The book remains, for many children, their first awareness of the Holocaust. This week saw a memorial service at St Paul's Cathedral for Anne and other genocide victims.
On May 4, the Anne Frank Educational Trust opens a major exhibition at the RAF Museum in Hendon, north London. And on May 6, the BBC is to screen the first feature-length documentary of Anne Frank's life.
Her diary occupies a central role in schools. It has an obvious place in history lessons: the Second World War is prescribed at key stage three (age 11-14) of the national curriculum.
But Gillian Walnes, executive director of the Anne Frank Educational Trust, says the book has more to offer than a straight documentary insight. She helps to provide material for teachers across the arts curriculum: religious education and English in particular.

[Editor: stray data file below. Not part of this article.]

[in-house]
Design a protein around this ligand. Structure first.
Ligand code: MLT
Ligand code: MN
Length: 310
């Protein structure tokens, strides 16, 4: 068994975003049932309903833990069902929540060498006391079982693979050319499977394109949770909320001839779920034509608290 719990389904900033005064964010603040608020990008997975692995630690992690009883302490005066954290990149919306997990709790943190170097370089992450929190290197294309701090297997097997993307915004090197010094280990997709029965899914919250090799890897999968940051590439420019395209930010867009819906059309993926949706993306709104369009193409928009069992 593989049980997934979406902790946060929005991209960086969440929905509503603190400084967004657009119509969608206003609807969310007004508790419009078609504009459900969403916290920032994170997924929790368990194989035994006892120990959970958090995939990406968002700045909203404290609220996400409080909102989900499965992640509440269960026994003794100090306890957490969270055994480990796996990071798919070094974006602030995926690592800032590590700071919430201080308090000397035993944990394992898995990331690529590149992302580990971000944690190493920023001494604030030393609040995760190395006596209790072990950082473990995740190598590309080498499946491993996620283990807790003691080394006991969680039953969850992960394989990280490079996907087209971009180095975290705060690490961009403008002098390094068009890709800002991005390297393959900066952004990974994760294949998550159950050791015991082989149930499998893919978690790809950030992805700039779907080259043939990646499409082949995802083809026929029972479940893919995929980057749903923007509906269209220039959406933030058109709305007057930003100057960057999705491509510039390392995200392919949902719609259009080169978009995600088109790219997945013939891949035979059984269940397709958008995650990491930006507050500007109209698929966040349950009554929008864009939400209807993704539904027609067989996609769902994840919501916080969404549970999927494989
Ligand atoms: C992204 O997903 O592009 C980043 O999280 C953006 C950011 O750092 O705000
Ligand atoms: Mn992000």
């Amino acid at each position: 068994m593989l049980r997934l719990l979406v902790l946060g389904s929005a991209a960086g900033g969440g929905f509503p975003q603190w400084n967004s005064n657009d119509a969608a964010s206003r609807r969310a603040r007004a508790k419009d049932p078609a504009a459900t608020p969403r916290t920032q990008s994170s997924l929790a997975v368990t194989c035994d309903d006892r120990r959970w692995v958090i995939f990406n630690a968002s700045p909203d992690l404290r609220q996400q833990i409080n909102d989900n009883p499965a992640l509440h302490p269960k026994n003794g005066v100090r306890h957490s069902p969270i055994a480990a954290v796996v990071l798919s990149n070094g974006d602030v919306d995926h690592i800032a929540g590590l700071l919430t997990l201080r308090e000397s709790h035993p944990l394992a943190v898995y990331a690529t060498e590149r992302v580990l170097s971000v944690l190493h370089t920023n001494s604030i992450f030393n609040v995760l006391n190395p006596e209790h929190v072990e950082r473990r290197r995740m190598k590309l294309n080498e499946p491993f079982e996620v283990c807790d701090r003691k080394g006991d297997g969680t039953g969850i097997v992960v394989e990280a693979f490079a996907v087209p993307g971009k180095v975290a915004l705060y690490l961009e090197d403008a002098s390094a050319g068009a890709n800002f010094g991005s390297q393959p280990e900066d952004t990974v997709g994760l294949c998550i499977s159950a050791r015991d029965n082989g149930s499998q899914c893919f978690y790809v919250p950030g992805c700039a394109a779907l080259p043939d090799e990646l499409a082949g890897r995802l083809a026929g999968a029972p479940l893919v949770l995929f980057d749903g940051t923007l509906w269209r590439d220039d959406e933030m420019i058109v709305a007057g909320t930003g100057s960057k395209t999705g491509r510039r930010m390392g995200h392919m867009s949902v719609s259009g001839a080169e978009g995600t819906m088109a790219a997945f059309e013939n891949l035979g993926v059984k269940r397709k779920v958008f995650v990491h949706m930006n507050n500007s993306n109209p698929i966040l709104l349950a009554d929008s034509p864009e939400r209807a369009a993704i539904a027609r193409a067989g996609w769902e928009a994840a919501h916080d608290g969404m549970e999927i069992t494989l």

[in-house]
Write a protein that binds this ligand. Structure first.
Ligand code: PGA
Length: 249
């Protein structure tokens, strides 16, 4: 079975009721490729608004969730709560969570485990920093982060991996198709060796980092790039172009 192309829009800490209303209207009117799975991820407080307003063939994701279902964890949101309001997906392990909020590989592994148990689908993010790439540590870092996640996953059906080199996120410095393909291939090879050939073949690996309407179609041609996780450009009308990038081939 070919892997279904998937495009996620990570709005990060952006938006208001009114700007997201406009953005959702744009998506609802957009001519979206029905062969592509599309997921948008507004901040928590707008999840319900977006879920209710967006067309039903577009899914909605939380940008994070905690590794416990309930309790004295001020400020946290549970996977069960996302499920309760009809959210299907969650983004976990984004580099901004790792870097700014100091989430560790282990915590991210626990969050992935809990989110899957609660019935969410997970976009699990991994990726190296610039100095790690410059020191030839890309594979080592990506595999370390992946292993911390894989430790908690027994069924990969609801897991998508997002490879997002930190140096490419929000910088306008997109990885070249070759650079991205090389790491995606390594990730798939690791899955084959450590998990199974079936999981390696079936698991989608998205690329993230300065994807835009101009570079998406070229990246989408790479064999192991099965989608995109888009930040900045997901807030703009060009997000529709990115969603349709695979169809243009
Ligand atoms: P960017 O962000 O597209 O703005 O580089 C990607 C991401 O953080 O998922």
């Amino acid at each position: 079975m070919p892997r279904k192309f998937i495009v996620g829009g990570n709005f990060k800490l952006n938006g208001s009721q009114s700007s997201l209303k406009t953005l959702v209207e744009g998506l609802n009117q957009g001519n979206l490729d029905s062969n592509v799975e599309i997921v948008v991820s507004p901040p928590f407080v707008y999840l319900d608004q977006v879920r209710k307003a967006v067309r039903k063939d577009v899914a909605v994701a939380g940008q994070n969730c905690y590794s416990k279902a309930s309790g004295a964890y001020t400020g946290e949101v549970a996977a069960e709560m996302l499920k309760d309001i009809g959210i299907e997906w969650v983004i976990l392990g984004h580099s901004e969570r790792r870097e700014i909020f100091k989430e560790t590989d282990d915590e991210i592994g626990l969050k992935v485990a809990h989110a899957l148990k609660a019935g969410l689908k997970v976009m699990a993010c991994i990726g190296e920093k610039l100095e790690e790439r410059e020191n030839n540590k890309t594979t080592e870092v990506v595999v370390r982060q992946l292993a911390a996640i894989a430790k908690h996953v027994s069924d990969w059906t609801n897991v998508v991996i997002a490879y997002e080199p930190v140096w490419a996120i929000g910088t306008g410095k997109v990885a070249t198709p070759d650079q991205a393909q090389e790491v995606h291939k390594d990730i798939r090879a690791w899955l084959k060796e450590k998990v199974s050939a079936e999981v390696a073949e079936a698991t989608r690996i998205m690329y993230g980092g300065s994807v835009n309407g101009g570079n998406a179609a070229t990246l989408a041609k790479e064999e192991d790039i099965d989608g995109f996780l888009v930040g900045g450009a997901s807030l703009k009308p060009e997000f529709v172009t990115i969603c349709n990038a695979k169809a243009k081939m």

The diary makes a regular appearance on the lists of set texts for GCSE English. Robert Davison is using the work as a key stage 4 course book at Winchmore School in North London. "As a literary work it stands on its own. Considering that it's written by a girl of 13-14, the literary style is incredible."
He adds that the diary is particularly important as a human insight into an otherwise incomprehensible level of destruction. "You can't take the idea of six million in; but you can fall in love with this one child. This is a book every child ought to read."
The exhibition at Hendon is free, but there is a charge for entry to the RAF Museum which can be contacted on 0181 200 1763. On May 8, VE day, the museum will stage a specially commissioned play Peace and the Future. A limited number of tickets is available from the Anne Frank Educational Trust, tel 0181 950 6476. Anne Frank Remembered will be screened on BBC 2 at 8.55pm on May 6.